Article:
Claire Skinner as Madge Arwell in The Doctor, The Widow and The Wardrobe

Christmas Special Reaction Roundup

Claire Skinner as Madge Arwell in The Doctor, The Widow and The WardrobeThe Doctor, The Widow and The Wardrobe: two things of which definitely appeared in the episode and one that didn’t (in the physical sense anyway) but we’re not complaining, hell, if the worse thing you could say about an episode was that it was missing a bit of bedroom furniture, then you’ve done something right – in fact, there’s very little complaining all around for what was a heart-warming Christmas Day treat.

So, the final figures are in and Doctor Who did very well at Christmas, claiming a massive 10.77 million viewers according BARB’s time-adjusted figures (which do not count BBC iPlayer) making it the third-most watched show.

In fact we see fascinating figures all round (ITV’s Downton Abbey overtook EastEnders from the previously released overnights) that seem to have helped to drive yet another few rusty nails into the coffin of overnights, figures based on, apparently, no very much at all!

You’ve probably already read our own review of The Doctor, The Widow and The Wardrobe, or even listened to our podKast discussing the episode, but what did other sites think?

That’s right, there are other websites out there chatting about Doctor Who; some of them are even worth reading!

(As rounding up this episode has proved such a mammoth task, a big thanks to the news team of Andy Reynolds and Mez Burdett for helping me out!)

So we’ll begin with a good review from The Guardian; note I said “good” and not “glowing”, which seems to be the general feeling of each of these reviews. The Guardian was particularly fond of guest star Claire Skinner, believing that her performance as Madge held the episode together.

The episode would not have held up so well, were it not for the power and class of Claire Skinner’s performance as Madge. You know somebody is going to be a worthy companion when they think nothing of a piece of alien space tech hurtling towards them at night, and the unfussy way she rescued her Spaceman-Angel back to his time machine marked Madge out from the start.

Skinner veered between a widow’s heartbreak and a mother’s heroic resilience in single heartbeats – and she even got to stomp a giant robot dreadnought across an enchanted forest.

Elsewhere in the Guardian, it is observed that:

It’s warmhearted and twinkly, and Matt Smith is ever so slightly annoying. But the kids like him, that’s what counts.

Alexander Armstrong as Reg Arwell in The Doctor, The Widow and The Wardrobe

Anglotopia is a US blog about cool British stuff, so naturally they’re going to feature Doctor Who! Reviewing The Doctor, The Widow and The Wardrobe they correctly point out that there is little in this tale – save the doorway and the icy world – that really justifies the CS Lewis-esque title.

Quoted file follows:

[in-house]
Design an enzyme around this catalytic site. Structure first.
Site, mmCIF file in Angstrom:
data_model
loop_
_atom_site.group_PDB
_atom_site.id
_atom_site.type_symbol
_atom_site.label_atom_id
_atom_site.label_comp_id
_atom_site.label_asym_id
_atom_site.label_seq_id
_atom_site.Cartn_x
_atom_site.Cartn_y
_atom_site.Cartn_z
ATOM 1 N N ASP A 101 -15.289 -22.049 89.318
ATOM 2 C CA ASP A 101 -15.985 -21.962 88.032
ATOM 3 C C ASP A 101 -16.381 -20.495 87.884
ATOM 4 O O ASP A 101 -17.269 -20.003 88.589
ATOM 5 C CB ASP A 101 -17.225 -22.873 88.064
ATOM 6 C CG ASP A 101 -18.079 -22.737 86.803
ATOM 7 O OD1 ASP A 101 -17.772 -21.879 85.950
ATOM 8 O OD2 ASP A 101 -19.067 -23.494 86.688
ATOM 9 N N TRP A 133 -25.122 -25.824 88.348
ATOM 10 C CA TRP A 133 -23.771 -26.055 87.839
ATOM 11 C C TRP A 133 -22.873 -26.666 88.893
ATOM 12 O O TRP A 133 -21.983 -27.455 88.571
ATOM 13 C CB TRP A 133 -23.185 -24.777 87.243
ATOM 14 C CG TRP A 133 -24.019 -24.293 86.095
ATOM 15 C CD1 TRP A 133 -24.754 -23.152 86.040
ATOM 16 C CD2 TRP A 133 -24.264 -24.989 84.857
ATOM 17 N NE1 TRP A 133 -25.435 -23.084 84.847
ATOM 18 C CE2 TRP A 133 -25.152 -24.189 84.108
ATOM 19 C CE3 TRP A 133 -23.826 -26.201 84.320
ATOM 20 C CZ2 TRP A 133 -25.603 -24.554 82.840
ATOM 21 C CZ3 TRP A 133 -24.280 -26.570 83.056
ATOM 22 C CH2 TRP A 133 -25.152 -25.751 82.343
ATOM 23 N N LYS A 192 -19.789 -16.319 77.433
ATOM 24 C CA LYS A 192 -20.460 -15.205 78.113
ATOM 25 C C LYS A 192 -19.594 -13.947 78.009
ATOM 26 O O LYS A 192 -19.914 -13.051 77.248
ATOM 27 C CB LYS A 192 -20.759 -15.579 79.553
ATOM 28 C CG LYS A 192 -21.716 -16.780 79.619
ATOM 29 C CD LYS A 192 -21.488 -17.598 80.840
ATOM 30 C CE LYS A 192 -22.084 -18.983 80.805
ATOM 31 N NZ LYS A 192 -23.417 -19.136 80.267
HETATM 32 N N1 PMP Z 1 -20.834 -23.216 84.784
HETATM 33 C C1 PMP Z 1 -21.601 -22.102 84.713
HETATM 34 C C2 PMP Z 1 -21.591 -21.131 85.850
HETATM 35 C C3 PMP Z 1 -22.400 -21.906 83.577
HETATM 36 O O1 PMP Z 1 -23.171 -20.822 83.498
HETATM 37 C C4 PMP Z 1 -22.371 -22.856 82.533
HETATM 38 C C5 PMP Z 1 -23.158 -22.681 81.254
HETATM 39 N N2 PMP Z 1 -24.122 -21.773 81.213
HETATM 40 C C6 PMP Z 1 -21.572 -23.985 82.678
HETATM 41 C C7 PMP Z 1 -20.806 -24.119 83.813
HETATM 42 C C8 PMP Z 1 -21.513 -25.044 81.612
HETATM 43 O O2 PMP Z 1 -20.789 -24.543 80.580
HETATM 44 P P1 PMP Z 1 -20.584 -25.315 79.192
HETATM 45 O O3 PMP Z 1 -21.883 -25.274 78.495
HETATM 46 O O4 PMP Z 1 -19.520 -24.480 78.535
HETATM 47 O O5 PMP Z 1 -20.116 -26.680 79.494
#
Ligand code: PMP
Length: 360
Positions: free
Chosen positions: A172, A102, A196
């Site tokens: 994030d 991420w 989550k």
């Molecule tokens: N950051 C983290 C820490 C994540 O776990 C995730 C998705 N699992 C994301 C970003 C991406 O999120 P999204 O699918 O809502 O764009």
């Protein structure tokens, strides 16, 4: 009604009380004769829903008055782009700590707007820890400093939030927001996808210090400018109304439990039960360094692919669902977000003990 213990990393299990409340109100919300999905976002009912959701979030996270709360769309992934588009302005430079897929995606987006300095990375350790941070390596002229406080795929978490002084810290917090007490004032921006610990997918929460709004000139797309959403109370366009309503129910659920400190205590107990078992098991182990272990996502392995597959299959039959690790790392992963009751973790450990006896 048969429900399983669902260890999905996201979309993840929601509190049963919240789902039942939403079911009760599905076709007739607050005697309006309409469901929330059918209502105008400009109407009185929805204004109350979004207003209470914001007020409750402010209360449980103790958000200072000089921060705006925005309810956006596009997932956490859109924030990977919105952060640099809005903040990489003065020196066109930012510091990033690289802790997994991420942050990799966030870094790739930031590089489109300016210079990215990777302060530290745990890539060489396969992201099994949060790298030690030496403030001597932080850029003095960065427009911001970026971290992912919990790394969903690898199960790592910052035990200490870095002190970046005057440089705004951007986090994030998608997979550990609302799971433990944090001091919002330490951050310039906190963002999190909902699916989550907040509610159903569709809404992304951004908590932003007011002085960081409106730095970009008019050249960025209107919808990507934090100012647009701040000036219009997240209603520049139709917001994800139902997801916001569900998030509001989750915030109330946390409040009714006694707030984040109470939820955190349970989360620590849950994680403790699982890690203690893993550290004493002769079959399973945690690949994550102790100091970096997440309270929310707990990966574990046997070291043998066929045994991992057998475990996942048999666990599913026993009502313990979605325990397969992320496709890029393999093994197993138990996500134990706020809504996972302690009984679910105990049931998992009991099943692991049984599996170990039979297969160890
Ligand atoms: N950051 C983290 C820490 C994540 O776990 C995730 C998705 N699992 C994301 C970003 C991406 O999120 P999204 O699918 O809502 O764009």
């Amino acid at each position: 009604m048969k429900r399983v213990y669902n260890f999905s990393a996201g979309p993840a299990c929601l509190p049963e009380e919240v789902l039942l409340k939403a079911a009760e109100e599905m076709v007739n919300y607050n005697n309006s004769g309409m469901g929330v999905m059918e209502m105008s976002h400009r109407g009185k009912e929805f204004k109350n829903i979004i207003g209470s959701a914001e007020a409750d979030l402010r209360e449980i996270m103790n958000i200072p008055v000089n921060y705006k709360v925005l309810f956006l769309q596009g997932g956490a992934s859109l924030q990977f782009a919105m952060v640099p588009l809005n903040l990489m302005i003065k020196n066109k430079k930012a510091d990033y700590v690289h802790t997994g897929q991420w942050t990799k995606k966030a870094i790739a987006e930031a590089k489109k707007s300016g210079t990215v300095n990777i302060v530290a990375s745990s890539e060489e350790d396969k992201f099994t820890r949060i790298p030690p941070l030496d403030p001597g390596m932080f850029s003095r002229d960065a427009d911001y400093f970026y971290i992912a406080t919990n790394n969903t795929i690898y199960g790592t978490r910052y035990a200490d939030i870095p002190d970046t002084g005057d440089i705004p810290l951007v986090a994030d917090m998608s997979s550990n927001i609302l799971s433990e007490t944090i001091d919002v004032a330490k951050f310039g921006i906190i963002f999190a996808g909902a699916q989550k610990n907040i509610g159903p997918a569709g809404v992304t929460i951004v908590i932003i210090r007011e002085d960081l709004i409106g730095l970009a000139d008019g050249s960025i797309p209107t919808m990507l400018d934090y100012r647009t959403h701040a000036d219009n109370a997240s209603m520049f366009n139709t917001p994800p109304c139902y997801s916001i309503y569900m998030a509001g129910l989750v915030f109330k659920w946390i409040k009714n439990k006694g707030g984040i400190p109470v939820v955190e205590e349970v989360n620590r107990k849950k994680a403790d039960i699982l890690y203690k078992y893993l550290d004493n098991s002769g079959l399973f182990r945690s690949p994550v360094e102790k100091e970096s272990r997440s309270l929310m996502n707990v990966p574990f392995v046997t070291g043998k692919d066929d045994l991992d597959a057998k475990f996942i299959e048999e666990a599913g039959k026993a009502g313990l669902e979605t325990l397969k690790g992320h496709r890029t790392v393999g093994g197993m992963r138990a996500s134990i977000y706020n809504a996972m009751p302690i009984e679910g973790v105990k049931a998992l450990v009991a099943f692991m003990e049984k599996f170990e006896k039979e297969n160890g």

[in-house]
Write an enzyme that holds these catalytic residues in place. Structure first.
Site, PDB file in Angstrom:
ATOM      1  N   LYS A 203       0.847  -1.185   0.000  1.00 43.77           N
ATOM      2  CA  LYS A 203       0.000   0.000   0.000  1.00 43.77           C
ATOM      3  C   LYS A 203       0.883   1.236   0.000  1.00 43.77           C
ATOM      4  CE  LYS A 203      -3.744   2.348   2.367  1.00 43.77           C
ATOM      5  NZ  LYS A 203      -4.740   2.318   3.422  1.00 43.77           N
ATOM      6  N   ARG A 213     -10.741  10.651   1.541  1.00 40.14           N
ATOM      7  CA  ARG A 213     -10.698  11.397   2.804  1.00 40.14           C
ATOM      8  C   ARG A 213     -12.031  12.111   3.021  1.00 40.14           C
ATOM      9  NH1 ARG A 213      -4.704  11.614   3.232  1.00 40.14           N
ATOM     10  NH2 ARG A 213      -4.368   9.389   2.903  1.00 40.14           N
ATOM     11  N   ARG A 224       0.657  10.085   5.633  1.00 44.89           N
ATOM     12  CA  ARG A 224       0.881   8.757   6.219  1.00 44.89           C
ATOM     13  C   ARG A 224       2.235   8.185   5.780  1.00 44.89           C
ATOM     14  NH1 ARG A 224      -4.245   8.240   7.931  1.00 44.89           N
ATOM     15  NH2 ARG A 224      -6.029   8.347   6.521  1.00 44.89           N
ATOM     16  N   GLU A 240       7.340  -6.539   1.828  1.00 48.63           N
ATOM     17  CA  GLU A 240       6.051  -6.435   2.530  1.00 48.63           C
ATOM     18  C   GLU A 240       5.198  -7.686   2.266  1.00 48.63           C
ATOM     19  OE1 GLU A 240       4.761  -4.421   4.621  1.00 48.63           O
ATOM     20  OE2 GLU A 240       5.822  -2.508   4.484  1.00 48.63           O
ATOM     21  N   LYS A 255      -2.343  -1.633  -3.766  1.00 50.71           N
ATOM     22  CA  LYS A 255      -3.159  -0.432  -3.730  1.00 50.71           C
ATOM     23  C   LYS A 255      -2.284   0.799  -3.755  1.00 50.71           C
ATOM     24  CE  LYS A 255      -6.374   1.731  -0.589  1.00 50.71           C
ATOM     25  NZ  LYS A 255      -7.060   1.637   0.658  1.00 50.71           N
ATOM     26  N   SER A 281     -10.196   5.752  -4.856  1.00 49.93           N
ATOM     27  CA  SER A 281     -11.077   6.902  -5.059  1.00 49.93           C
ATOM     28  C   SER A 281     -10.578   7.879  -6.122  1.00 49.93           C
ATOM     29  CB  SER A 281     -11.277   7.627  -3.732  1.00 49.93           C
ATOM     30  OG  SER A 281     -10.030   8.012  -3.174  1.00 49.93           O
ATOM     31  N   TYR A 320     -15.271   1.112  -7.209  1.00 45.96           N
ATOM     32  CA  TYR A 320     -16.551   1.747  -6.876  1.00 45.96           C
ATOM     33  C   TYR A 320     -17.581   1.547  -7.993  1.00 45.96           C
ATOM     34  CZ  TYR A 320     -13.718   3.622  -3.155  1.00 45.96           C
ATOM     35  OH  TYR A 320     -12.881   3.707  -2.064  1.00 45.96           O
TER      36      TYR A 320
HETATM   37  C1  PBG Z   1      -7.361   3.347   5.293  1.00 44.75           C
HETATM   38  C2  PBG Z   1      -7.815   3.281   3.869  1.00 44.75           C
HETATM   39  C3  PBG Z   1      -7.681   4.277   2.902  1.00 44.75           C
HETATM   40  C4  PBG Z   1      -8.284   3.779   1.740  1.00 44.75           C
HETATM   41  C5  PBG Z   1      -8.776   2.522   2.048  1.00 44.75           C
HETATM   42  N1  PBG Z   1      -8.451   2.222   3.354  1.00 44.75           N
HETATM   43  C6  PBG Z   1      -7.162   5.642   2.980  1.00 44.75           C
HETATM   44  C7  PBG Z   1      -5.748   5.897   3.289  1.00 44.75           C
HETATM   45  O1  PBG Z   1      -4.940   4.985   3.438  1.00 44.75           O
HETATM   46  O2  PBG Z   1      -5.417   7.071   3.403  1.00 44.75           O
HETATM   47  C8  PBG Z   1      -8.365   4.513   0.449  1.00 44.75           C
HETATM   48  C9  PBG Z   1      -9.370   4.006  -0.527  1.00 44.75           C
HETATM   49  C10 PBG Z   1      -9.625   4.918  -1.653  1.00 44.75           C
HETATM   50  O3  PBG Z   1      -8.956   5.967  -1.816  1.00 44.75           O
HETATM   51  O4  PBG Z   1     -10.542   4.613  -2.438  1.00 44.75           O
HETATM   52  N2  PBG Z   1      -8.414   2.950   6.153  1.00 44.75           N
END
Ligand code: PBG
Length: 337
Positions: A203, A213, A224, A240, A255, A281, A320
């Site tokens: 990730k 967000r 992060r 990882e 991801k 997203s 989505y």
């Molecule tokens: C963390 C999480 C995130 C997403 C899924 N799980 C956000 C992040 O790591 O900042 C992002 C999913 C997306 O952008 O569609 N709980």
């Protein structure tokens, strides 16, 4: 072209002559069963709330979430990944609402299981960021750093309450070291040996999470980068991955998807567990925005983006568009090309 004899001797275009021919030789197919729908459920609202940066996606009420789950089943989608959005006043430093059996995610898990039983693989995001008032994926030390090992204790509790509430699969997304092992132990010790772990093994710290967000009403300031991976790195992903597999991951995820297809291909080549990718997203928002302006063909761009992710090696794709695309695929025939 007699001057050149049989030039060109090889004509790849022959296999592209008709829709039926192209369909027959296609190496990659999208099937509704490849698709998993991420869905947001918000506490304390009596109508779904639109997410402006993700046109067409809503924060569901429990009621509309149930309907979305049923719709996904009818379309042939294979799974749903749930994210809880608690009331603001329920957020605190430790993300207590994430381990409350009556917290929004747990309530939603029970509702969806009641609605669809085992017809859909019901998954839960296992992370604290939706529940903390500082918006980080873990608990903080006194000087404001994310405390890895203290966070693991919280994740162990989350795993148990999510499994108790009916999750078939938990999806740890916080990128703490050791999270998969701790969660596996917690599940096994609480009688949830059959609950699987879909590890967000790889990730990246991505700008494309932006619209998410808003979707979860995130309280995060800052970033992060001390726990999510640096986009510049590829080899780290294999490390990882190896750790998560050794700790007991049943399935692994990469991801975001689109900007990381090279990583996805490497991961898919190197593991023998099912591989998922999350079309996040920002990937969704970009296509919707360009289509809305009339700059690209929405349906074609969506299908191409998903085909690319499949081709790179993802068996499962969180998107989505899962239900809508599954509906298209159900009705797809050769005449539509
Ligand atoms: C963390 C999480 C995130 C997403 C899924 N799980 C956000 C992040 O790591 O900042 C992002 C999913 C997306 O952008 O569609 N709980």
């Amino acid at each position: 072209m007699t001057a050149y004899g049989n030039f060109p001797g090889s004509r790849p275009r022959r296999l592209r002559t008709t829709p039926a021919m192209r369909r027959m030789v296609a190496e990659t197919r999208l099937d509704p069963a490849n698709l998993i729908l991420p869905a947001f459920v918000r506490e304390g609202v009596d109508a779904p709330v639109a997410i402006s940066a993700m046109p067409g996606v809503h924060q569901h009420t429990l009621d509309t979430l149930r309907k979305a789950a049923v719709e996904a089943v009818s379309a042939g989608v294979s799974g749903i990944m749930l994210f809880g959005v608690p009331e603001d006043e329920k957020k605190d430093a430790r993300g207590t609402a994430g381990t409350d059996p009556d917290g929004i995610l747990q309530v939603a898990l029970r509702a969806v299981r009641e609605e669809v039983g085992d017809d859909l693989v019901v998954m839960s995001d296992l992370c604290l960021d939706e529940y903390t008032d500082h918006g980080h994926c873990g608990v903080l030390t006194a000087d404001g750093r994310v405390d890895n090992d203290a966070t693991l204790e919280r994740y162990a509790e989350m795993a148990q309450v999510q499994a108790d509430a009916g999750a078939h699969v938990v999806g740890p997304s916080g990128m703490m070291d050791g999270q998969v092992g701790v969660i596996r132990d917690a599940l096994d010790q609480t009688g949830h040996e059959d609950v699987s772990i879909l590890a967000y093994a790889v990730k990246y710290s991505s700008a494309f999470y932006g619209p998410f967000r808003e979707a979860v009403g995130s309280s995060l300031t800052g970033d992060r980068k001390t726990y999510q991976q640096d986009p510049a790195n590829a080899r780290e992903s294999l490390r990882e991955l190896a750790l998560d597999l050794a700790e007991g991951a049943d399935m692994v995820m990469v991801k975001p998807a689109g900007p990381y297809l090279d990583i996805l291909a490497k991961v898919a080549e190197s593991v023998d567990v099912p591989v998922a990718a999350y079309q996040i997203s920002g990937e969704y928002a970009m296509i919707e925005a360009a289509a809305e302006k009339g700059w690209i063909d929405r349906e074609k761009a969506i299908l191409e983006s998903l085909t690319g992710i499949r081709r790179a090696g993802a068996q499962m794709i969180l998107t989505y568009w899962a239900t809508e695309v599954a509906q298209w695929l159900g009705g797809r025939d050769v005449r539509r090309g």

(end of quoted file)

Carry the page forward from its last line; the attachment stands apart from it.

…inspired by CS Lewis’s Narnia stories…It’s a fine line between ‘inspired’ and ‘copied.’ But it’s a line they hold and it’s a fun story overall.

After the huge stakes of the previous series that ended earlier in the fall, it’s nice to see a self-contained Doctor Who story where the world isn’t going to end.

Elsewhere at Monsters and Critics the feeling was that this was one of Steven Moffat’s less-assured episodes. In fact the word they used was “dud”.

…while this had a fair few nice syrupy messages to warm the cockles of Christmas time, the episode dragged a fair bit and the lack of any real villain sort of made it difficult to watch or keep any sense of interest in it.

Readers of Crave Online will know that the site is particularly adept at issuing reviews, and they don’t disappoint with a superb reading of the episode that includes this interesting observation.

We may have been spoiled by having Michael Gambon in the last “Doctor Who” Christmas special, but the emotional undercurrent of “The Doctor, The Widow and The Wardrobe” never quite lives up to “A Christmas Carol.”

Bill Bailey in Doctor Who Christmas 2011Of course, some might argue that having Bill Bailey involved is as good as having the great Gambon on the show

Mez Burdett found a nice selection of reviews and picked the highlights from each of them, just for you…

Christmas has been and gone, the trees have been cast aside for another year and the smell of turkey and cranberries is a distant aroma being quickly replaced by that of egg shaped chocolates. Time to find out what people thought of the 2011 Doctor Who Christmas special!

The Metro Online took some quotations from various social networking sites which gave mixed reactions to the episode including:

“Tweeter Lucy Wall described the plot as ‘confusing’, adding: ‘How 8 year olds are supposed to understand it, I’ll never know.’

Katrina Carter was another user of Twitter who explained it made her cry, while Matthew Cherrill added: ‘When I wrestle the tissues off the wife and stop blubbing, I’ll tell you what I thought of Doctor Who.’